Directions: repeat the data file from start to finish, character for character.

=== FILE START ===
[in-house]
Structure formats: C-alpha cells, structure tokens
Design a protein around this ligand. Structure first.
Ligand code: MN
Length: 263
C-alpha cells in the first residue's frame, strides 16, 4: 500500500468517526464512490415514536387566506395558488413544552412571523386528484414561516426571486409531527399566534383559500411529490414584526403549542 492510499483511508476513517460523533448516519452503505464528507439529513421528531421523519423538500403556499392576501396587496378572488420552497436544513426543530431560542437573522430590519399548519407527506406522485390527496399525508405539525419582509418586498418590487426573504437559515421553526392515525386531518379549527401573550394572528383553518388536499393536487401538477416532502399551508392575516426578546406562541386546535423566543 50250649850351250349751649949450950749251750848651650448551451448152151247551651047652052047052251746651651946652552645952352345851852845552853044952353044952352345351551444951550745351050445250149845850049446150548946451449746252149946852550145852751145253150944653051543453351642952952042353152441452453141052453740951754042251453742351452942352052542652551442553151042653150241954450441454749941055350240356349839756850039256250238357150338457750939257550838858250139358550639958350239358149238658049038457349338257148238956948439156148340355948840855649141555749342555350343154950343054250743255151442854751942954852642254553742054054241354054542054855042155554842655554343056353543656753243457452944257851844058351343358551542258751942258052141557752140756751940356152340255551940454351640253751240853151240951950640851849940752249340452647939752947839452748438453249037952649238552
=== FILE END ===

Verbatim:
[in-house]
Structure formats: C-alpha cells, structure tokens
Design a protein around this ligand. Structure first.
Ligand code: MN
Length: 263
C-alpha cells in the first residue's frame, strides 16, 4: 500500500468517526464512490415514536387566506395558488413544552412571523386528484414561516426571486409531527399566534383559500411529490414584526403549542 492510499483511508476513517460523533448516519452503505464528507439529513421528531421523519423538500403556499392576501396587496378572488420552497436544513426543530431560542437573522430590519399548519407527506406522485390527496399525508405539525419582509418586498418590487426573504437559515421553526392515525386531518379549527401573550394572528383553518388536499393536487401538477416532502399551508392575516426578546406562541386546535423566543 50250649850351250349751649949450950749251750848651650448551451448152151247551651047652052047052251746651651946652552645952352345851852845552853044952353044952352345351551444951550745351050445250149845850049446150548946451449746252149946852550145852751145253150944653051543453351642952952042353152441452453141052453740951754042251453742351452942352052542652551442553151042653150241954450441454749941055350240356349839756850039256250238357150338457750939257550838858250139358550639958350239358149238658049038457349338257148238956948439156148340355948840855649141555749342555350343154950343054250743255151442854751942954852642254553742054054241354054542054855042155554842655554343056353543656753243457452944257851844058351343358551542258751942258052141557752140756751940356152340255551940454351640253751240853151240951950640851849940752249340452647939752947839452748438453249037952649238552